Posted by: Rob | August 20, 2008


Prior to my late wife’s melanoma diagnosis, I had begun delving into what I perceived to be major issues facing the earth and all who dwelled upon it.  I was reading up on climate change and global warming.  I read Tim Flannery’s “The Weather Makers”.  Then came the idea of global peak oil.  I read James Howard Kunstler’s “The Long Emergency”.  In addition to being informative, these ideas were scaring me a bit.

All of these ideas, and what I should do about them, went onto the shelf through the year and a half from my late wife’s diagnosis until her death.

I recently started coming back to these thoughts and ideas about our world, what’s happening to it and what will become of our society.

I’ve seen Al Gore’s “An Inconvenient Truth” which echoes a lot of the data and theories in “The Weather Makers” but is not without errors, mis-statements and just bad interpretations and explanations.  Granted, it’s more about “theater” and less about “science” and I can live with that if gets the masses to pay attention.

I’ve also seen “Crude Awakening”; much of the information presented in this pseudo-documentary I had already learned from other sources.

I’ve read Thom Hartmann’s “The Last Hours of Ancient Sunlight”.

I’ve been trying to get through Elizabeth Kolbert’s “Field Notes from a Catastrophe” and David Strahan’s “The Last Oil Shock” lately but, for some reason, I can’t dredge up the where-with-all to actually finish them.  And I don’t know why.

I was a little alarmed by the recent run up in crude oil prices.  Could this be the evidence of the global peak?

The global warming nay-sayers seem to have shouted down those who are convinced humans are inducing climate change.  Climate change, as an issue, does seem to have faded from the headlines recently as weather has seemed to have been a little more “seasonal” in many locales around North America in the last year or so.

So, what are we to do?  What am I to do?

I’ve had an epiphany.  I’ve decided that I can’t live my life fretting and worrying about major events that are well beyond my control.  So I’ve stopped “caring” about these issues.  I’ve decided to look on the bright side.  I’ve decided to live my life for me and those I care about.  I’ll do it as responsibly as I can, which often aligns with doing things that make good economic sense.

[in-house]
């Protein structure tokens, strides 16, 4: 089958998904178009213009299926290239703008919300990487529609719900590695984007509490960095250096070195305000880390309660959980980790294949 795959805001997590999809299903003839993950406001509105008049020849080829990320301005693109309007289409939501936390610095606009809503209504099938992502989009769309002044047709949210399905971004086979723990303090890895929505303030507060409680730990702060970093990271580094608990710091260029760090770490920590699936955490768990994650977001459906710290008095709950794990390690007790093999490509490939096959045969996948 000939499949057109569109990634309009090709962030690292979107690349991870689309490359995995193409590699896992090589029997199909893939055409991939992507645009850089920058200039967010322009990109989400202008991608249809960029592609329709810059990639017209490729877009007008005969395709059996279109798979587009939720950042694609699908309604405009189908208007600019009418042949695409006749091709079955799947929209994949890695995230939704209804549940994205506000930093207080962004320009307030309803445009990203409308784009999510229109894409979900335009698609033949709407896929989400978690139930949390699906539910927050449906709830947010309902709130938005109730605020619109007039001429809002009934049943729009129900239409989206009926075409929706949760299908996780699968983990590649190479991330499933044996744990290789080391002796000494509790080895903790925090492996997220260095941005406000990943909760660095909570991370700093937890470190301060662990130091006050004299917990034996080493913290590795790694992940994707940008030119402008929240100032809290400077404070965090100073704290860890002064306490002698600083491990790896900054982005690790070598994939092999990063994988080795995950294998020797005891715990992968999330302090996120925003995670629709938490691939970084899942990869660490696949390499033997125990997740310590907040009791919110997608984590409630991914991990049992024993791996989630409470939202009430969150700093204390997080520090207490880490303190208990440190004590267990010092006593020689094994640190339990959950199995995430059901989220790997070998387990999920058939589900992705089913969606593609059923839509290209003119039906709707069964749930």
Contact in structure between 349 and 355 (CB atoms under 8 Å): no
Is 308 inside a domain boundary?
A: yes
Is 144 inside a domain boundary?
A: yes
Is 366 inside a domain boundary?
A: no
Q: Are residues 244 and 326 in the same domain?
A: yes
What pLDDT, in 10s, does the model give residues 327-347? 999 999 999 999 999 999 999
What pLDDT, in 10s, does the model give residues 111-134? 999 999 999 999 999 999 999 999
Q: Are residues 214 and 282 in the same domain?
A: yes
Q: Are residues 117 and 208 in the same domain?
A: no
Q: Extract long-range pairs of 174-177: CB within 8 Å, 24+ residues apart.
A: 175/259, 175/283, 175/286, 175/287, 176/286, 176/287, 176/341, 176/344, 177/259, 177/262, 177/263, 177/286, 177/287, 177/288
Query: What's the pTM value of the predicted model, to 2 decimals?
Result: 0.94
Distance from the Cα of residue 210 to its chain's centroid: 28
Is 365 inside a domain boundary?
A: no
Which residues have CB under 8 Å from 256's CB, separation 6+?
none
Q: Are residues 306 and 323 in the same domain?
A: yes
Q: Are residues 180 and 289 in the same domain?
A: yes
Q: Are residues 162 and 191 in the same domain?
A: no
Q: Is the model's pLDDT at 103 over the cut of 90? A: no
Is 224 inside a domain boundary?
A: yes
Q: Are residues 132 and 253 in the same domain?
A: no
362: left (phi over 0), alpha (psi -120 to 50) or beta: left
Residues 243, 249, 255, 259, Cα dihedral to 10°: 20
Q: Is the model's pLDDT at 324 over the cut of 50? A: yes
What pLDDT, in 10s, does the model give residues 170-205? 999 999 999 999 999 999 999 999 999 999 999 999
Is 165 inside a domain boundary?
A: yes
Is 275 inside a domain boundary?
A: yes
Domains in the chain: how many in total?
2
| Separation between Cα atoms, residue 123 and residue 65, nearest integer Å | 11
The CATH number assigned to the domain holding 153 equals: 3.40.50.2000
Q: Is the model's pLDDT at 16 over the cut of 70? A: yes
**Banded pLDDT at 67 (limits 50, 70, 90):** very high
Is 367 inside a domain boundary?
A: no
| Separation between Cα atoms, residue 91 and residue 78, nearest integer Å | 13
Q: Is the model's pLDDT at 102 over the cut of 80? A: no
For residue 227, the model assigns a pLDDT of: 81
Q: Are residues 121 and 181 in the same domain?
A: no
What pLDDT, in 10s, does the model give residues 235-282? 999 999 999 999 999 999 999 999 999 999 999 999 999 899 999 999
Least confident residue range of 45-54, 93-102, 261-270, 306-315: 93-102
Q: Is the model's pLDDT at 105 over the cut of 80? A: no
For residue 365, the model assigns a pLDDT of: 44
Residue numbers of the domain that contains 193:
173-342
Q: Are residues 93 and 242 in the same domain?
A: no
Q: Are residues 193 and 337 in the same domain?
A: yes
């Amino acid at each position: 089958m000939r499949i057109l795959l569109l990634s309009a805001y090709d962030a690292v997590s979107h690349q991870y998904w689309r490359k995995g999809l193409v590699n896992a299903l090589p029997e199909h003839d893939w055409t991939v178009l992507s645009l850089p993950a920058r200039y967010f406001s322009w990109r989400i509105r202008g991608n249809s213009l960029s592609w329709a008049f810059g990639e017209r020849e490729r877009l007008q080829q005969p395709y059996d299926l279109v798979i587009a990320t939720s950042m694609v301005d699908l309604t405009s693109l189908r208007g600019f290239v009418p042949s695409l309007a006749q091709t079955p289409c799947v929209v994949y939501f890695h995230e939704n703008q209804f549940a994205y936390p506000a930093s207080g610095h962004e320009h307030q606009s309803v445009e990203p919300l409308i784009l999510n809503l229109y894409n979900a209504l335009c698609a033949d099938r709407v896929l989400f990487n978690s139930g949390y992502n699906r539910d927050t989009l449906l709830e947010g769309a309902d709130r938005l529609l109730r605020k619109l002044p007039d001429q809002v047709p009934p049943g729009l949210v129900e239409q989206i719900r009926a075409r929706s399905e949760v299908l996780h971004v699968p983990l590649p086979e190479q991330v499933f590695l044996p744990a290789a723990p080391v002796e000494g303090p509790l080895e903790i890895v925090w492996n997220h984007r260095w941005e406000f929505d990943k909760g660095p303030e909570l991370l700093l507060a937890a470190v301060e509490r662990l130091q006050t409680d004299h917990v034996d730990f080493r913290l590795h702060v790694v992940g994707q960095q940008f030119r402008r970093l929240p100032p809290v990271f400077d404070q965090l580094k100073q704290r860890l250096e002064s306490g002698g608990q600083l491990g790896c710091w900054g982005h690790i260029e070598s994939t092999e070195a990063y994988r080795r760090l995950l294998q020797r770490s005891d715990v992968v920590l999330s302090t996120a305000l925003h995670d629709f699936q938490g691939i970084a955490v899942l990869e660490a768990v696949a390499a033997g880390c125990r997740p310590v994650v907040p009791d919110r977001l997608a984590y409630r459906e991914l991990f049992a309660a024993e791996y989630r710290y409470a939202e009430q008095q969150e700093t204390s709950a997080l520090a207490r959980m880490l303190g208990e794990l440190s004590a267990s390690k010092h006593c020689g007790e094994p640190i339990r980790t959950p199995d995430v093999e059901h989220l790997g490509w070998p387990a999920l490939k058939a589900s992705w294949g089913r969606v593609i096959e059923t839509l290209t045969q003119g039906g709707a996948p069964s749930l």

So, in future, if natural gas gets too pricey, I’ll heat with wood.  I’ll install solar powered gizmo’s as I can afford.  I’ll strive to get off the electrical grid.  I’ll basically work on the things that I can control.

I’ve realized that I’m the kind of person who has the aptitude and the capability to survive.  If (or when) the shit hits the fan, I need to be ready.

I’ve long been one to ignore the hysteria of the “talking heads” and I need to remember that going forward.



  1. Less worry; more individual action. Sounds like a – uh – sound strategy. Now if only I could follow your example.

  2. I can get behind that. There is room in this world for crusaders and consciousness-raising, but where change ultimately happens is in each heart and each home. If each of us is a conscious and considerate steward of our little corner of the world, the world will take care of itself. It will only happen if each of us makes the choice to do our bit; if others do not, we can feel good about our choices regardless.

  3. Well, I’m reading all about it. But maybe I should try sleeping at night, and shut the lights off. Even if it is all hydro-electric here.

  4. quite sane. “Off the Grid” is an achievable goal – and is not just for survivalist nutjobs any more!

  5. Hope to see your entry!

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